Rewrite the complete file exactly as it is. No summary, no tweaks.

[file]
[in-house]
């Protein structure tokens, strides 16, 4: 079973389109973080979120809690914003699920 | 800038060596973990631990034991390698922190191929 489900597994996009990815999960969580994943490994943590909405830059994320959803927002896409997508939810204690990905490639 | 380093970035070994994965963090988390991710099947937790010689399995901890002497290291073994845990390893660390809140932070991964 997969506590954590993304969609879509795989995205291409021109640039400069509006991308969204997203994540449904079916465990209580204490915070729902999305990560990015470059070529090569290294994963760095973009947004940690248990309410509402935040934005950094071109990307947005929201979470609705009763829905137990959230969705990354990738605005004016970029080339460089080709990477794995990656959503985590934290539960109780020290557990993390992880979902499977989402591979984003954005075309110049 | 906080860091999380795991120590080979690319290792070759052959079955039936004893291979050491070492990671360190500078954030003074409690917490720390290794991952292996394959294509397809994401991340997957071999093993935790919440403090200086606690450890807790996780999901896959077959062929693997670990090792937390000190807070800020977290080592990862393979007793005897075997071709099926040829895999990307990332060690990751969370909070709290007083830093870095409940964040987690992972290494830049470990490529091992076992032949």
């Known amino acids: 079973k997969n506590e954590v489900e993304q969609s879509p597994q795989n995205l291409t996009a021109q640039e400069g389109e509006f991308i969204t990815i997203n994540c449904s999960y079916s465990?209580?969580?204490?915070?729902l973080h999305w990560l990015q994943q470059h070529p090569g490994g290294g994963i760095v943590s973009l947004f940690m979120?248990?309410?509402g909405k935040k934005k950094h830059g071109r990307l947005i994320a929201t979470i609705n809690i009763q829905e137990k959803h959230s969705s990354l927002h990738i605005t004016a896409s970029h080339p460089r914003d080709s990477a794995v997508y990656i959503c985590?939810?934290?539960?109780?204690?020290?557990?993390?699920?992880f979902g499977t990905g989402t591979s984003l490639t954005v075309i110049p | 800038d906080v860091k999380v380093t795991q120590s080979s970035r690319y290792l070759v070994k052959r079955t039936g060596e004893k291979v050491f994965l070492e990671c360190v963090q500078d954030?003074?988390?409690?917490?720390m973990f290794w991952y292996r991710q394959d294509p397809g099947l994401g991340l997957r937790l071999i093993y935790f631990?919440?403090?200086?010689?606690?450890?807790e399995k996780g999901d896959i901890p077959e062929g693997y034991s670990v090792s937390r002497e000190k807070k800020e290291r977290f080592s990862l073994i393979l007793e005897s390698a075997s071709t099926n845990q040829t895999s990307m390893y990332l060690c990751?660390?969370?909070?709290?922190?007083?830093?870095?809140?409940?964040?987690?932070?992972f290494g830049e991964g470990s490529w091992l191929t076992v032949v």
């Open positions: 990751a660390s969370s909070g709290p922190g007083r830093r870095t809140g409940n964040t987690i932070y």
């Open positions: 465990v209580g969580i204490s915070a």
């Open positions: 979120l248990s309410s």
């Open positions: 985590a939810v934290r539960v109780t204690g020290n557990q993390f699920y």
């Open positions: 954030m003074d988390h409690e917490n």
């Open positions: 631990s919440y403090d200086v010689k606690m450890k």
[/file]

[in-house]
């Protein structure tokens, strides 16, 4: 079973389109973080979120809690914003699920 | 800038060596973990631990034991390698922190191929 489900597994996009990815999960969580994943490994943590909405830059994320959803927002896409997508939810204690990905490639 | 380093970035070994994965963090988390991710099947937790010689399995901890002497290291073994845990390893660390809140932070991964 997969506590954590993304969609879509795989995205291409021109640039400069509006991308969204997203994540449904079916465990209580204490915070729902999305990560990015470059070529090569290294994963760095973009947004940690248990309410509402935040934005950094071109990307947005929201979470609705009763829905137990959230969705990354990738605005004016970029080339460089080709990477794995990656959503985590934290539960109780020290557990993390992880979902499977989402591979984003954005075309110049 | 906080860091999380795991120590080979690319290792070759052959079955039936004893291979050491070492990671360190500078954030003074409690917490720390290794991952292996394959294509397809994401991340997957071999093993935790919440403090200086606690450890807790996780999901896959077959062929693997670990090792937390000190807070800020977290080592990862393979007793005897075997071709099926040829895999990307990332060690990751969370909070709290007083830093870095409940964040987690992972290494830049470990490529091992076992032949």
């Known amino acids: 079973k997969n506590e954590v489900e993304q969609s879509p597994q795989n995205l291409t996009a021109q640039e400069g389109e509006f991308i969204t990815i997203n994540c449904s999960y079916s465990?209580?969580?204490?915070?729902l973080h999305w990560l990015q994943q470059h070529p090569g490994g290294g994963i760095v943590s973009l947004f940690m979120?248990?309410?509402g909405k935040k934005k950094h830059g071109r990307l947005i994320a929201t979470i609705n809690i009763q829905e137990k959803h959230s969705s990354l927002h990738i605005t004016a896409s970029h080339p460089r914003d080709s990477a794995v997508y990656i959503c985590?939810?934290?539960?109780?204690?020290?557990?993390?699920?992880f979902g499977t990905g989402t591979s984003l490639t954005v075309i110049p | 800038d906080v860091k999380v380093t795991q120590s080979s970035r690319y290792l070759v070994k052959r079955t039936g060596e004893k291979v050491f994965l070492e990671c360190v963090q500078d954030?003074?988390?409690?917490?720390m973990f290794w991952y292996r991710q394959d294509p397809g099947l994401g991340l997957r937790l071999i093993y935790f631990?919440?403090?200086?010689?606690?450890?807790e399995k996780g999901d896959i901890p077959e062929g693997y034991s670990v090792s937390r002497e000190k807070k800020e290291r977290f080592s990862l073994i393979l007793e005897s390698a075997s071709t099926n845990q040829t895999s990307m390893y990332l060690c990751?660390?969370?909070?709290?922190?007083?830093?870095?809140?409940?964040?987690?932070?992972f290494g830049e991964g470990s490529w091992l191929t076992v032949v």
């Open positions: 990751a660390s969370s909070g709290p922190g007083r830093r870095t809140g409940n964040t987690i932070y």
């Open positions: 465990v209580g969580i204490s915070a």
């Open positions: 979120l248990s309410s």
């Open positions: 985590a939810v934290r539960v109780t204690g020290n557990q993390f699920y």
């Open positions: 954030m003074d988390h409690e917490n």
């Open positions: 631990s919440y403090d200086v010689k606690m450890k």